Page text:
“At the heart of it is, in both situations classified national security information went somewhere it shouldn’t have,” a source familiar with the probe noted to the Washington Post.

🚨 More news you should know

Climate. “Earth’s protective ozone layer is slowly but noticeably healing at a pace that would fully mend the hole over Antarctica in about 43 years, a new United Nations report says.” [AP]

Trump probes. “The Georgia grand jury conducting a criminal investigation into whether there were any ‘coordinated attempts to unlawfully alter the outcome of the 2020 election’ in the state by former President Donald Trump and his allies has completed its work, a judge said in a ruling issued Monday.” [NBC]

  • What’s next: The special grand jury, which was not empowered to issue indictments, has now dissolved. The jurors recommended that their report be made public; a hearing will be held on January 24 to decide whether it will be. Fulton County District Attorney Fani Willis would then have to impanel another grand jury if she wanted to seek any indictments.

Congress. The House passed its new rules package on Monday in a 220-212 vote, with only one member breaking party lines: Rep. Tony Gonzales (R-TX), who voted “nay.” The package included Speaker Kevin McCarthy’s extensive concessions to conservatives, including the restoration of a rule that would allow one member to trigger a vote to oust the speaker at any time. [Politico]

  • Also: After its brief, biennial spell running its own cameras while the House was organizing itself — resulting in behind-the-scenes footage of several dramatic episodes during the speaker votes — C-SPAN’s congressional feed is being operated by the government once again.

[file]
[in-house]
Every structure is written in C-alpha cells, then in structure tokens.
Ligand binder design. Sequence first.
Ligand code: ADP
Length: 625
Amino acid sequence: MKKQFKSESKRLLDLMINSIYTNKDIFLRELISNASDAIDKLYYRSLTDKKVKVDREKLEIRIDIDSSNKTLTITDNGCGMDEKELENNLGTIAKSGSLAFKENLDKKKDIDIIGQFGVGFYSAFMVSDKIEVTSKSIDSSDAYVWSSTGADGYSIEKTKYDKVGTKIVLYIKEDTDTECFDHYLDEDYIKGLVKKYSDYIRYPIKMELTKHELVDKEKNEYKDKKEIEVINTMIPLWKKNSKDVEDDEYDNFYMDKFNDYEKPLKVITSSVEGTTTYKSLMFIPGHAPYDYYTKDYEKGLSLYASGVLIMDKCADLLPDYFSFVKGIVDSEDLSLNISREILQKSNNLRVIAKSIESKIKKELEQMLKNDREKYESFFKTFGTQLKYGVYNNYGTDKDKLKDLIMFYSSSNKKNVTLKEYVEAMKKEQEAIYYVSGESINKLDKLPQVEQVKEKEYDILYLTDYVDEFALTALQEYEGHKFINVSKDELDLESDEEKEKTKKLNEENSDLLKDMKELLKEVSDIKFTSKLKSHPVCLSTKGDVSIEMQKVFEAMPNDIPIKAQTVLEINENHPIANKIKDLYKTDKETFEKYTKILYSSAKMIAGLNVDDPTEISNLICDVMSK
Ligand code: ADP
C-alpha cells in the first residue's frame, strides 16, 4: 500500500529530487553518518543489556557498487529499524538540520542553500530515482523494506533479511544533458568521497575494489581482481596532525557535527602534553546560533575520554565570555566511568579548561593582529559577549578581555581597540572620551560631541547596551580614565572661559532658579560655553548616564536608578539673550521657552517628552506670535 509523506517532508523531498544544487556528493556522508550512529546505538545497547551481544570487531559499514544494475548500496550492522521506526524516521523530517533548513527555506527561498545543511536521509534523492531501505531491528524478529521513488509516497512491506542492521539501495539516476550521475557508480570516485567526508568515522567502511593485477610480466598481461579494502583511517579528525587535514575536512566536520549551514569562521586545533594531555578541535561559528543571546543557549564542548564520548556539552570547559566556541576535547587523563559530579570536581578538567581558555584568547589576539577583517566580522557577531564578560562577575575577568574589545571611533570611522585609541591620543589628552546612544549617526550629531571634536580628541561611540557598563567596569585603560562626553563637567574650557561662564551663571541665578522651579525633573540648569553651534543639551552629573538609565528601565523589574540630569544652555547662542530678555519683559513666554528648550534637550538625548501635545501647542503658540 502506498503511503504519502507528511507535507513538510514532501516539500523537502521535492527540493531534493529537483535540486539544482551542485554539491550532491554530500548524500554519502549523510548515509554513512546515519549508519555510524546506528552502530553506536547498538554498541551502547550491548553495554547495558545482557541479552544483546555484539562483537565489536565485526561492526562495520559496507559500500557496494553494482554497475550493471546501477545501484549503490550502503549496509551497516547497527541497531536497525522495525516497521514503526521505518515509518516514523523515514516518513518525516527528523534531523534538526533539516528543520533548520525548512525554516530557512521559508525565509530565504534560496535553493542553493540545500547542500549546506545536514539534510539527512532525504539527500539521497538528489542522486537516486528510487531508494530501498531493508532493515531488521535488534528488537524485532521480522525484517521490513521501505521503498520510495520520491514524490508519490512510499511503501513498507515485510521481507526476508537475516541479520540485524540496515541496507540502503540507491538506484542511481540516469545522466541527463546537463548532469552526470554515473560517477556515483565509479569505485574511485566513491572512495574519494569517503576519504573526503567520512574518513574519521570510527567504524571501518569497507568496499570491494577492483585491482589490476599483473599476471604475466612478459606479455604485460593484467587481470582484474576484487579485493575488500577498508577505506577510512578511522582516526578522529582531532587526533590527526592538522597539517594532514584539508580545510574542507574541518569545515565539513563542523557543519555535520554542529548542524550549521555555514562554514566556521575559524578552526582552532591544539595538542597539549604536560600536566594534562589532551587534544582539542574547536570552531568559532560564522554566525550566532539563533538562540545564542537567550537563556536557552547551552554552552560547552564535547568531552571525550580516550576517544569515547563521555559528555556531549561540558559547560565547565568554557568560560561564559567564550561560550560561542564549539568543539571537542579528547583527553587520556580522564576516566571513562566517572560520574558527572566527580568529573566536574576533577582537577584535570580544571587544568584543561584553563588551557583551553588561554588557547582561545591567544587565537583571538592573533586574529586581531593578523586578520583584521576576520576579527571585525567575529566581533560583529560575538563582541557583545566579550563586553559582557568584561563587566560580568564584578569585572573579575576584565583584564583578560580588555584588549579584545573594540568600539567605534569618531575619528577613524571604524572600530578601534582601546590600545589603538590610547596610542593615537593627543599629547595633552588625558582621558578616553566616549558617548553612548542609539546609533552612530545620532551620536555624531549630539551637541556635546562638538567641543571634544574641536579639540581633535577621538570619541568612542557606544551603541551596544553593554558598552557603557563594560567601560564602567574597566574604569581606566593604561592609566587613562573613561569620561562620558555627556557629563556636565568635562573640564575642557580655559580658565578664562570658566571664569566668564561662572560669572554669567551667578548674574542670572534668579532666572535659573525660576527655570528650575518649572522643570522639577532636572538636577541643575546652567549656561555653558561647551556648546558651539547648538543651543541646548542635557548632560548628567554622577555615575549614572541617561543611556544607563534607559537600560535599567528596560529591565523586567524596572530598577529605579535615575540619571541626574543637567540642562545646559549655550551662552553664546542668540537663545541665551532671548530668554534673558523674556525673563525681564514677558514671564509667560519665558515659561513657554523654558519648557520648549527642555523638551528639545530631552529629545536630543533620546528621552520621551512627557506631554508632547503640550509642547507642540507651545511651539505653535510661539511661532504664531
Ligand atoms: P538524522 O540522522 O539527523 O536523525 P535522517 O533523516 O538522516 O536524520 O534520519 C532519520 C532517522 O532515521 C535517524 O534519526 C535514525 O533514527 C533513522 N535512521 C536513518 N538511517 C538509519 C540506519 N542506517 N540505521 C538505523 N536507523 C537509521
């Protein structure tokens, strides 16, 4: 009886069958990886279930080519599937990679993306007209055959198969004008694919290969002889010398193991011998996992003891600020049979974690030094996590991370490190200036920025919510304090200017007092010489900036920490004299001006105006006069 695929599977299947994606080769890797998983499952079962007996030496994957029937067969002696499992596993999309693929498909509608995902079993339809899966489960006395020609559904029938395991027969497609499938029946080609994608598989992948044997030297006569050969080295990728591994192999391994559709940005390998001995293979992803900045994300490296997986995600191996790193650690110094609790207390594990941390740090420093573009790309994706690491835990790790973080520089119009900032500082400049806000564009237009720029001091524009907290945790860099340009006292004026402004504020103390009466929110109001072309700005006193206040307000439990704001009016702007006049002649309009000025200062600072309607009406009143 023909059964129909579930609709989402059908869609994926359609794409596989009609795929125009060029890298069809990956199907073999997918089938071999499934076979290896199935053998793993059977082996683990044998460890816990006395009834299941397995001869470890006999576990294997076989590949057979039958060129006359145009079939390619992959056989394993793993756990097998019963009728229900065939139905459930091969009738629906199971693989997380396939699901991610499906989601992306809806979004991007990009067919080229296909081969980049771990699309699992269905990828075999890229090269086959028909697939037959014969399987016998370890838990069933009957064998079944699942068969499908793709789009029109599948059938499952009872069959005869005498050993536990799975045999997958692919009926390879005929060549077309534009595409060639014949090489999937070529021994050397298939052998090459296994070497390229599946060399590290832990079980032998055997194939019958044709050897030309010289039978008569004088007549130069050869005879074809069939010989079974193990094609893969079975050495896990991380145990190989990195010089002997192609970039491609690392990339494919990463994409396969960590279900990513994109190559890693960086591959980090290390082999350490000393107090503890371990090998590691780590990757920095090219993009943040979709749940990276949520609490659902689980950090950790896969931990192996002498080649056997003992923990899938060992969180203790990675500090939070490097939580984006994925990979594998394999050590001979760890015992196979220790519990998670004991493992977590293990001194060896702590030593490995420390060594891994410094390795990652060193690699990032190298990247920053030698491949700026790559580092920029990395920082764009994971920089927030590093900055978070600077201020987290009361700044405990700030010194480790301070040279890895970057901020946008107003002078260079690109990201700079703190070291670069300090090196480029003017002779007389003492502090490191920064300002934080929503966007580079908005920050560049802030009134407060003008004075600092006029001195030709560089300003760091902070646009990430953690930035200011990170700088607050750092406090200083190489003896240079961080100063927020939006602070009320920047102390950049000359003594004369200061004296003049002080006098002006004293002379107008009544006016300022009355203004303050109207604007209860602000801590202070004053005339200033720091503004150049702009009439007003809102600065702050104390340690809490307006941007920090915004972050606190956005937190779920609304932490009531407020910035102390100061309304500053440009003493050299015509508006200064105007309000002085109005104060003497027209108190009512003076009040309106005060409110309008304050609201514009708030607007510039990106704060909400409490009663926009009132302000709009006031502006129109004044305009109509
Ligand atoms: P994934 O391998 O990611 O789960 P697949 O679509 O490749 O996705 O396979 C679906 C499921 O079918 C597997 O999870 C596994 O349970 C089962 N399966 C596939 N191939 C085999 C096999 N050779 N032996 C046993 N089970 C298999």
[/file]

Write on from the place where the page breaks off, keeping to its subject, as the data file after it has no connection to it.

🗓 What your leaders are doing today

All times Eastern.

Executive Branch

President Biden is in Mexico City, Mexico. He will meet with Canadian president Justin Trudeau, take a “family photo” with Trudeau and Mexican president Andrés Manuel López Obrador, and then join Trudeau and López Obrador for the 10th North American Leaders’ Summit, often called the “Three Amigos Summit.”

Later tonight, Biden will return to Washington, D.C. [Watch the three North American leaders speak to the press at 4:45 p.m.]

First Lady Biden will have lunch with Mexican first lady Beatriz Gutiérrez Müller and Canadian first lady Sophie Grégoire Trudeau. The trio will then tour the Templo Mayor, an Aztec temple. Biden will return to Washington tonight with her husband.

Vice President Harris is in Washington, but has nothing on her public schedule.

Legislative Branch

The Senate is on recess until January 23. The chamber will briefly convene today for a pro forma session — to fulfill the constitutional obligation of meeting every three days — but no legislative business will be conducted. [Watch at 10 a.m.]

The House will vote on:

  • A resolution to create a Select Committee on the Strategic Competition Between the United States and the Chinese Communist Party.
  • A resolution to create a Select Subcommittee on the Weaponization of the Federal Government. The panel, which was one of the concessions granted to conservatives by Speaker McCarthy, will be organized under the Judiciary Committee.  

[Watch at 10 a.m.]

Judicial Branch

The Supreme Court will hear oral arguments in Glacier Northwest, Inc. v. International Brotherhood of Teamsters, a labor dispute in which the Supreme Court could overturn a decades-old precedent preventing employers from suing unions in state court over staging a federally protected strike. [Listen at 10 a.m.]

👋 Before I go...

Here’s some good news: Buffalo Bills safety Damar Hamlin was released from the hospital on Monday after suffering cardiac arrest and collapsing during an NFL game.

Last week, after Hamlin was hospitalized, I shared about a GoFundMe fundraiser he had started to establish a toy drive in his hometown. The fundraiser’s goal was $2,500. When I wrote last week, donations had soared above $5 million.

Now, over 200,000 donors have contributed more than $8.6 million to the fundraiser, offering a surge of support to Hamlin’s chosen cause as he makes his remarkable recovery. Here’s the link again if you want to donate.

👍 Thanks for reading.

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— Gabe